An adrenal gland tumor is an abnormal growth in the adrenal glands, which can vary in size, behavior, and hormone production.

The adrenal glands, positioned like small triangles above each kidney, play a key role in hormone production. These hormones regulate various bodily functions.

Most adrenal tumors are nonfunctioning, meaning that they don’t produce excess hormones and pose minimal health risks. However, some can lead to hormone overproduction, resulting in related health issues.

A tumor can also be benign (noncancerous) or malignant (cancerous), which affects your treatment plan. However, the vast majority of adrenal gland tumors are benign.

An adrenal gland tumor is an abnormal growth in the adrenal glands. The most common type is adrenal adenomas, while rarer tumors include pheochromocytomas (affecting adrenaline), adrenocortical carcinomas (adrenal cancer), and neuroblastomas (mainly affecting children).

The vast majority of adrenal adenomas are benign (noncancerous), and these can be either functioning or nonfunctioning. Functioning ones produce excessive hormones like cortisol, aldosterone, or adrenaline, leading to specific health problems, while nonfunctioning ones don’t produce such hormones.

Adrenal tumors that are hormonally active (functioning), regardless of whether they’re benign or malignant, often cause symptoms due to the excessive hormones they produce. Research suggests that about 15% of incidental adrenal tumors (tumors discovered during scans for other health issues) cause hormone overactivity.

Cortisol-producing adrenal tumors, which cause Cushing syndrome, may include the following symptoms:

Symptoms of aldosterone-secreting adrenal tumors may include:

Hormonally inactive (nonfunctioning) adrenal adenomas:

  • typically don’t cause symptoms
  • are often discovered incidentally on abdominal imaging

Pheochromocytoma tends to present differently than other adrenal tumors. Symptoms may include:

Nonfunctioning adrenal tumors can cause symptoms if they grow large enough to press on surrounding organs, nerves, or blood vessels, leading to discomfort or pain.

Research shows that nonfunctioning adrenal tumors have a chance of becoming hormonally active over time:

  • 17% within 1 year
  • 29% within 2 years
  • 47% within 5 years

The likelihood of an adrenal adenoma turning into a cancerous tumor is very low.

Determining whether an adrenal tumor is cancerous usually involves a medical evaluation, imaging tests, and sometimes a biopsy.

Here are some steps that medical professionals might take to determine the nature of an adrenal tumor:

  • Imaging tests: CT scans, MRIs, and ultrasounds can help visualize the tumor’s size, location, and characteristics.
  • Hormone function tests: Blood tests can help determine whether a functioning tumor is producing excessive amounts of hormones like cortisol, aldosterone, or adrenaline.
  • Biopsy: A biopsy may be performed if there’s a strong suspicion that the tumor might be cancerous.
  • Imaging characteristics: Malignant tumors may show irregular shapes, rapid growth, invasion into nearby tissues, or the presence of certain types of tissue patterns.
  • Size and growth rate: Generally, larger adrenal tumors are more likely to be cancerous. In a study of 76 people with nonfunctioning adrenal tumors, the malignancy rates were 0% for tumors less than 4 centimeters in diameter, 2.9% for tumors between 4–6 centimeters, and 13.6% for tumors larger than 6 centimeters.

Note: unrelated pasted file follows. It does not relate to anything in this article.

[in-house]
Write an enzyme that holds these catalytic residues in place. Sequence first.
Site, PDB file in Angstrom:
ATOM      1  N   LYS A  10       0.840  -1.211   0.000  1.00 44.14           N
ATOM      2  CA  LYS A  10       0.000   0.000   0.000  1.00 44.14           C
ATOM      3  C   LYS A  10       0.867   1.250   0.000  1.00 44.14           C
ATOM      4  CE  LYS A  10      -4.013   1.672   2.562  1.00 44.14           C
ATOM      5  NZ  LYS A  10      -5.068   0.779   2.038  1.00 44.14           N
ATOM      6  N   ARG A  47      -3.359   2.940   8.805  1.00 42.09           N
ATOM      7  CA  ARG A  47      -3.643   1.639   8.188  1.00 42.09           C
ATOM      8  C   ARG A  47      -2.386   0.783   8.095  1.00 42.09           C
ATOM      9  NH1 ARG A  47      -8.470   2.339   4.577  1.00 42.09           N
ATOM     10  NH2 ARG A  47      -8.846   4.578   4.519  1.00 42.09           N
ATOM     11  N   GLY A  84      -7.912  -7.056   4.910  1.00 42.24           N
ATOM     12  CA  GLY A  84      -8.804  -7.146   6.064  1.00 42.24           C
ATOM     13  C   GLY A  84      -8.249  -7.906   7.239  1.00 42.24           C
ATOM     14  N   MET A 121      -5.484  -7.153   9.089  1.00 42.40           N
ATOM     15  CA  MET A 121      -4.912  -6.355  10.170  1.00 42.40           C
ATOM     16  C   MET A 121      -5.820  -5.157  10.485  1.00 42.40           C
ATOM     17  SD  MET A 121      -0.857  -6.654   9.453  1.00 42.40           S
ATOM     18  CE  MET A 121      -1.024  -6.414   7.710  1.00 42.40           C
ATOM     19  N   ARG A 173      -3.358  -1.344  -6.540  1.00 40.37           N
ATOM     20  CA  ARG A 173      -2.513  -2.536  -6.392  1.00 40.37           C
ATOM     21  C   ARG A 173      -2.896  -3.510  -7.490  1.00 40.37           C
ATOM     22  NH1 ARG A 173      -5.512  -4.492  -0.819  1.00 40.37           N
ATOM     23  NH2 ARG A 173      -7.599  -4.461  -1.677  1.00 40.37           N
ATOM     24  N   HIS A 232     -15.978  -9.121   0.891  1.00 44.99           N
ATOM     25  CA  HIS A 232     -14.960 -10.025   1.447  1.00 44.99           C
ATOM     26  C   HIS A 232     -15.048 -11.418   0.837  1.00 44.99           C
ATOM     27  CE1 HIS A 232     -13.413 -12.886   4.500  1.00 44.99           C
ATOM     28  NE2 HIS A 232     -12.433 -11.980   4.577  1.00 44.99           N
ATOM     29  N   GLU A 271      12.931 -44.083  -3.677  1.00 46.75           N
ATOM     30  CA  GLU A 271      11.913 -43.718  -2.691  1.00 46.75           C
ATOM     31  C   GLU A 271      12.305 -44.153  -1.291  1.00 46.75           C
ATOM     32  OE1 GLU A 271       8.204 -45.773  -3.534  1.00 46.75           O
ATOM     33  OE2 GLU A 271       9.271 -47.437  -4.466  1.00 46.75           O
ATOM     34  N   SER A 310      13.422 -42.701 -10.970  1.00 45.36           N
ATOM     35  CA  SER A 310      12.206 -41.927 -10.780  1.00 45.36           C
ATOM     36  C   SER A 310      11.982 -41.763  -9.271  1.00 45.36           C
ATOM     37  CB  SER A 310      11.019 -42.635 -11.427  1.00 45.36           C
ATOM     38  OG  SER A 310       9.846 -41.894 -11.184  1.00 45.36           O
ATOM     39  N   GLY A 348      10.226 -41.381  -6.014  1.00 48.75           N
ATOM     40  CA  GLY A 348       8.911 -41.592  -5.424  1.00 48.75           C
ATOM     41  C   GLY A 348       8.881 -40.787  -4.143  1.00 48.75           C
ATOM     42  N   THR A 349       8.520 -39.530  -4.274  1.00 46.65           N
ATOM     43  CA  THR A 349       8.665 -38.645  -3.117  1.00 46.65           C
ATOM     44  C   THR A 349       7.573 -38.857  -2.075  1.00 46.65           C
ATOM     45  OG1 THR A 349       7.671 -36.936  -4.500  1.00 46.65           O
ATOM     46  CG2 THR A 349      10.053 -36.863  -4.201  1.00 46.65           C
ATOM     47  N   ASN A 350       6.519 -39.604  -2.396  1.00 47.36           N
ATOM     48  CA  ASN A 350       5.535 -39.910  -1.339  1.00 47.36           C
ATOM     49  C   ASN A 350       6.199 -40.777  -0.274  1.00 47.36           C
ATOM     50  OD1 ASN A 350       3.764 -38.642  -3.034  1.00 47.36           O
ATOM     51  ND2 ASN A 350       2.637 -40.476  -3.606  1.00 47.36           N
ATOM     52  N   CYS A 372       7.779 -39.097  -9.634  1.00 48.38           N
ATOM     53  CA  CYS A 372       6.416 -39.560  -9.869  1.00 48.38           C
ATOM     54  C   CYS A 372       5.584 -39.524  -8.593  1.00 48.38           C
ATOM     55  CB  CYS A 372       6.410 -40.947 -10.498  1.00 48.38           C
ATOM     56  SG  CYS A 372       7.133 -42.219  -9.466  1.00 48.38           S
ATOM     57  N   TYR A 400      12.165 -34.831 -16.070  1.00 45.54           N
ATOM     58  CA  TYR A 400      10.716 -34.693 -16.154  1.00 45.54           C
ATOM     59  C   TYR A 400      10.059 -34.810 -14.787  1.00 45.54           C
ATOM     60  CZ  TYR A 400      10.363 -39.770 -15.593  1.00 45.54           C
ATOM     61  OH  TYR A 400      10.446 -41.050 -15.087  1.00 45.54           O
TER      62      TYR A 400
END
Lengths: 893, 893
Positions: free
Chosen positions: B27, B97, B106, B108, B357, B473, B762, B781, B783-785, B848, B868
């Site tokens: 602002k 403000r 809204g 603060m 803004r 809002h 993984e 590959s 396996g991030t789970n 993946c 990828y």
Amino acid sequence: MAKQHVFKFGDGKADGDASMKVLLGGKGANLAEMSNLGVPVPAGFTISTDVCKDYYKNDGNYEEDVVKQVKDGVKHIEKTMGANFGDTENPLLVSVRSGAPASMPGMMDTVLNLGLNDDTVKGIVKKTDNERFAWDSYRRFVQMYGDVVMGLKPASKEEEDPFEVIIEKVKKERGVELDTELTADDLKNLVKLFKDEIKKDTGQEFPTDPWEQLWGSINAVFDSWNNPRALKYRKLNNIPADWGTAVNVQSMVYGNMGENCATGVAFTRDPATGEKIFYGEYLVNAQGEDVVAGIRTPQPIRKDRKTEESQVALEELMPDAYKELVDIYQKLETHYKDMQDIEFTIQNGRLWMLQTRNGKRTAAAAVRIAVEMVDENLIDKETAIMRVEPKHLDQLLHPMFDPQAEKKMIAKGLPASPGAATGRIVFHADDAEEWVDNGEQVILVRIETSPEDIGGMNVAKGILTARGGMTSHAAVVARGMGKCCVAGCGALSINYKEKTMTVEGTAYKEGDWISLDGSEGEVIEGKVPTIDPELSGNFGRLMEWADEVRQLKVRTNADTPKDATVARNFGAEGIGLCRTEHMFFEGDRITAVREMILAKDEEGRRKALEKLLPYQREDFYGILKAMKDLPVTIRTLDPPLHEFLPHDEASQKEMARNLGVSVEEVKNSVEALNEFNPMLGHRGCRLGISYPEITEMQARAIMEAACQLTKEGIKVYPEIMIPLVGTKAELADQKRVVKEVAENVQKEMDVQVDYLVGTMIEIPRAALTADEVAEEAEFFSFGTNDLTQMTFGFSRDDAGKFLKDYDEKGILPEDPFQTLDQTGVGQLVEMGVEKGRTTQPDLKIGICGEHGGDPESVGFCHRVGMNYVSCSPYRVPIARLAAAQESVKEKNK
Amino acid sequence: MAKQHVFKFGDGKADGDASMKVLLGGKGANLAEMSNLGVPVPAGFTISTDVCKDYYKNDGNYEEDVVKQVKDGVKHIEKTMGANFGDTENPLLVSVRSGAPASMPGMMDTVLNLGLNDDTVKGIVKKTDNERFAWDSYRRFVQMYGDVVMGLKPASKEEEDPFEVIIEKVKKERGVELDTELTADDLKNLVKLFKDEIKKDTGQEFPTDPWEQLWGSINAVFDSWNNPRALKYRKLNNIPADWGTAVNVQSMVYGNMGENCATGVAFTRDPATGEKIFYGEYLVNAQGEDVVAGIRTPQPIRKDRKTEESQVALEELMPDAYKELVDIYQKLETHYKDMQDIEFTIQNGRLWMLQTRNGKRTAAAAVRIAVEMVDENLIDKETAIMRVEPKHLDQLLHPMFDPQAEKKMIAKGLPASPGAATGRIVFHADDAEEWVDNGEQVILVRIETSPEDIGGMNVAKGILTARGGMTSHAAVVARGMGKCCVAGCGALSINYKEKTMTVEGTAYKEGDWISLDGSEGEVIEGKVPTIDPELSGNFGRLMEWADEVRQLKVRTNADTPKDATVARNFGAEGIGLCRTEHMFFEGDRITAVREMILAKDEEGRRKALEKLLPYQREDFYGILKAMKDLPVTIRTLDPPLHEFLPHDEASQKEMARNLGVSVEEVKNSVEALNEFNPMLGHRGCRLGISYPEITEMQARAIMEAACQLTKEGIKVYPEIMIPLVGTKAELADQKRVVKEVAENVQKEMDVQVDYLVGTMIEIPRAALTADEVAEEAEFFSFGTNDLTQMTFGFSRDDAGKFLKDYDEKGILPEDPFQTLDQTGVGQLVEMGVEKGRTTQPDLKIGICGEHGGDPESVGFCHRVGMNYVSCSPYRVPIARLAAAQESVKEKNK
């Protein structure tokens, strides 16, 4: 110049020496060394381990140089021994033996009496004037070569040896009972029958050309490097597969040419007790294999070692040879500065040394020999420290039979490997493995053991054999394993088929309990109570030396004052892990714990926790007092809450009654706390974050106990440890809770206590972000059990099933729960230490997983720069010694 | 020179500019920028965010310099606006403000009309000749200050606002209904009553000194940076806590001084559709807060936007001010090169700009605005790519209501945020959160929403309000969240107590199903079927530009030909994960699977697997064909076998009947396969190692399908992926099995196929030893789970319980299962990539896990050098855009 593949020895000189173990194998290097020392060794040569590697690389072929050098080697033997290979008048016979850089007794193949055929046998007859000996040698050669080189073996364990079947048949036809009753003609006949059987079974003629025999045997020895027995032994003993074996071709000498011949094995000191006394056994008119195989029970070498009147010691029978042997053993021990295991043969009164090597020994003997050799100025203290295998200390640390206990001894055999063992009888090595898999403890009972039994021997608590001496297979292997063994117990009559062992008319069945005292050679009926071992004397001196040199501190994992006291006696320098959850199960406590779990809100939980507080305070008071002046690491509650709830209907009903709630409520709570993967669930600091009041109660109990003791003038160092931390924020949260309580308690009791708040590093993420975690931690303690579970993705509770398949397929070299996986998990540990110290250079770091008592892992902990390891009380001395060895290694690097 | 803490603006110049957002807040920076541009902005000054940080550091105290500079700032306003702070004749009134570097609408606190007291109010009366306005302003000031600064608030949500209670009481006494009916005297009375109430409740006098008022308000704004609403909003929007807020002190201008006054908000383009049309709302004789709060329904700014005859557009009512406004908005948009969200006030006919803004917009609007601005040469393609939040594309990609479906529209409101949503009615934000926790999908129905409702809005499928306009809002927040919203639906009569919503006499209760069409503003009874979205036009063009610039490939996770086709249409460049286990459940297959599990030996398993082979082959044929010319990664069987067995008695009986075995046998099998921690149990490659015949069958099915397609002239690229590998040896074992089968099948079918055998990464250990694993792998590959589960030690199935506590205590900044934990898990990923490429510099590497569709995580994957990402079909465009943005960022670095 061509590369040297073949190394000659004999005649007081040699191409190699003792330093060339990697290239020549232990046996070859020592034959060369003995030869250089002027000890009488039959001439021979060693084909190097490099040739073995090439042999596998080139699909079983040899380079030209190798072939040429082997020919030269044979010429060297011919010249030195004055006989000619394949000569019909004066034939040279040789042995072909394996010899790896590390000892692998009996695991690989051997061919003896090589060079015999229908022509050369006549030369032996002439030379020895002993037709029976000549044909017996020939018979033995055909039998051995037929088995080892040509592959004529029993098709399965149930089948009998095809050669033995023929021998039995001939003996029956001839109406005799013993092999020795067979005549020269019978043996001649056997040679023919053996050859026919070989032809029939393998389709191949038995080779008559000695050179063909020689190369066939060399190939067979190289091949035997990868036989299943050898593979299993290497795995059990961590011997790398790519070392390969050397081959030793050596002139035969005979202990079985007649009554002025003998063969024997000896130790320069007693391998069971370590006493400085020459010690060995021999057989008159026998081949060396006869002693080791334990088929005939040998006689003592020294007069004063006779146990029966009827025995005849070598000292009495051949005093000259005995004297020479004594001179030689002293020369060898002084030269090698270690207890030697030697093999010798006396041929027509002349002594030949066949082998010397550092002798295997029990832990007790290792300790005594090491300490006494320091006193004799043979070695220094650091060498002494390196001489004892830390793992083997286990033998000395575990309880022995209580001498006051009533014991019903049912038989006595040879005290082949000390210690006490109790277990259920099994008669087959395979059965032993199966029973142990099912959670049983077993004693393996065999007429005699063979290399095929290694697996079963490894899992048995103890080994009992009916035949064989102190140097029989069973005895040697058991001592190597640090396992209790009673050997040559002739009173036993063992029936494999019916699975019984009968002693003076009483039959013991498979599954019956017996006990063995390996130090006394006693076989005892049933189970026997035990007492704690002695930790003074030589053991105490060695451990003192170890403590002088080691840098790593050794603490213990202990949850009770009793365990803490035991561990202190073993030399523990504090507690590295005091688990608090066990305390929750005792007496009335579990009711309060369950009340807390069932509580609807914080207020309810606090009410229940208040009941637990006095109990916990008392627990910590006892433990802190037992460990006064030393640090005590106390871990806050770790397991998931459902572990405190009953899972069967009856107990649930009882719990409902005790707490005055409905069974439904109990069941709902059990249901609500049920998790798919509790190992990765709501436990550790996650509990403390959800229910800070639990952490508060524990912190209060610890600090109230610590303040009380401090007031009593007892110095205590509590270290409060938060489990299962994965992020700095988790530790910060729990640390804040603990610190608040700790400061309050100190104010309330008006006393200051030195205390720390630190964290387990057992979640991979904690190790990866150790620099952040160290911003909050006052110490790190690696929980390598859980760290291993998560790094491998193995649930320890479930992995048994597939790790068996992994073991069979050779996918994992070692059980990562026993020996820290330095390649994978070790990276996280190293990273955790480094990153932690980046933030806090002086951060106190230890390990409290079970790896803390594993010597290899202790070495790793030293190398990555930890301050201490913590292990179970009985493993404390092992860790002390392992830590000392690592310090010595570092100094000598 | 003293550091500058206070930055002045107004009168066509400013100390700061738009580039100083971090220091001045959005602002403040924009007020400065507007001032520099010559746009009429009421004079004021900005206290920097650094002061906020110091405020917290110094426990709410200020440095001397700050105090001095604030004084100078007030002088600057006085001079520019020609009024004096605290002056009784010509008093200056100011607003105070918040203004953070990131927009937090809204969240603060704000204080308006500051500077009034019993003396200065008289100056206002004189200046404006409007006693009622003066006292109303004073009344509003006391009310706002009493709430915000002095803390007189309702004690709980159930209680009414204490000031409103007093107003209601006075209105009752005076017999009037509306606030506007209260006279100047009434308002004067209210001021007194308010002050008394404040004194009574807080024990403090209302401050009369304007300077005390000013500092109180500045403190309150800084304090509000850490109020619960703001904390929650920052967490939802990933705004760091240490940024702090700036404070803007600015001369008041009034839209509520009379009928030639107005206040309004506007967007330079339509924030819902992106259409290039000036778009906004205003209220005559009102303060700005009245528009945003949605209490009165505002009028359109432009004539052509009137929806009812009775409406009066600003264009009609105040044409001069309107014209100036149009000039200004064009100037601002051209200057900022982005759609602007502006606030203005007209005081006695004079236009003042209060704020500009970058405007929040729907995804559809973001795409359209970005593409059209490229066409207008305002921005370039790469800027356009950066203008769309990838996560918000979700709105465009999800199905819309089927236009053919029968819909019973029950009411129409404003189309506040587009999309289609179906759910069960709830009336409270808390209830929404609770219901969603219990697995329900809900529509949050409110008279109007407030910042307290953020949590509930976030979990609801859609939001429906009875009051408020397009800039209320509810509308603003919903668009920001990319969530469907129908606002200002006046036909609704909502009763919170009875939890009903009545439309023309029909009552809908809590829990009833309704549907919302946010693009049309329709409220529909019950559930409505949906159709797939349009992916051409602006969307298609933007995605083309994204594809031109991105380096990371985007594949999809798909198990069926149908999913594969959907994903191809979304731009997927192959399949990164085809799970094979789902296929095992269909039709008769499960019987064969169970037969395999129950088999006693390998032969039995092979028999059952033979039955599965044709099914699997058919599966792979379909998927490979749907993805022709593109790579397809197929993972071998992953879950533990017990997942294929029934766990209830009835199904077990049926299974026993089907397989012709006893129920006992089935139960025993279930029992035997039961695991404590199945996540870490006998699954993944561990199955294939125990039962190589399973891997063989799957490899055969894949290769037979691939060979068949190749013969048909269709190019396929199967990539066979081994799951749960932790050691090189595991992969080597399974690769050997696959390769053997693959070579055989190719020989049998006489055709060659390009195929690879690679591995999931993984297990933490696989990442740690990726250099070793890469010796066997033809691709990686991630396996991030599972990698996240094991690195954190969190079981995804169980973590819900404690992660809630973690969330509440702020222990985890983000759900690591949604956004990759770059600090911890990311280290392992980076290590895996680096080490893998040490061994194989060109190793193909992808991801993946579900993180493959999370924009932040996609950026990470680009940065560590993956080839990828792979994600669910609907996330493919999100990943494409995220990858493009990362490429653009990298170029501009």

• Urine test: A urine test for metanephrines may also be used for the evaluation of pheochromocytoma.

What percent of adrenal tumors are cancerous?

While benign tumors in the adrenal gland are common, cancers in or around the adrenal gland are very rare. These cancers are found in only 1 to 3 out of 1 million people, according to the Urology Care Foundation.

Of the adrenal adenomas found incidentally, about 5% are malignant.

The exact cause of adrenal gland tumors remains unclear. It’s believed that a combination of genetic mutations, hormonal influences, and environmental factors likely contributes to their development.

Factors such as obesity and tobacco use might increase the likelihood of developing adrenal adenoma.

A study of 2,005 people with adrenal incidentalomas (AIs) found that AIs were most common among those in their 70s. Hypertension, glucose disorders (diabetes), and high cholesterol were also prevalent.

Certain genetic conditions are also associated with an increased risk of adrenal tumors, including:

  • familial adenomatous polyposis (FAP)
  • multiple endocrine neoplasia, type 1 (MEN1)
  • Li-Fraumeni syndrome
  • Carney complex
  • neurofibromatosis type 1
  • multiple endocrine neoplasia type 2 (MEN2)

Nonfunctioning benign adrenal adenomas typically don’t require treatment.

Surgery may be recommended for larger or potentially cancerous tumors, as well as smaller tumors causing hormone-related issues. Small inactive tumors are closely watched, and surgery might be considered if they grow or start producing hormones.

For individuals who can’t undergo surgery, medications like spironolactone can help manage excessive hormone production.

What is the survival rate of adrenal tumors?

Most adrenal tumors are benign and therefore not deadly.

Here are the 5-year relative survival rates for adrenal cancer, according to the American Cancer Society:

  • Localized stage (confined to origin): 73%
  • Regional stage (spread to nearby areas): 53%
  • Distant stage (spread to distant organs): 38%
  • All stages combined: Average survival is 50% at 5 years.

Adrenal gland tumors are abnormal growths with varying size, behavior, and hormone production. Most are benign and nonfunctioning, but some are cancerous.

It’s important to note that not all adrenal tumors, even if they’re hormonally active, will cause symptoms. Regular medical check-ups and imaging can aid in detecting asymptomatic tumors and managing any symptoms that arise.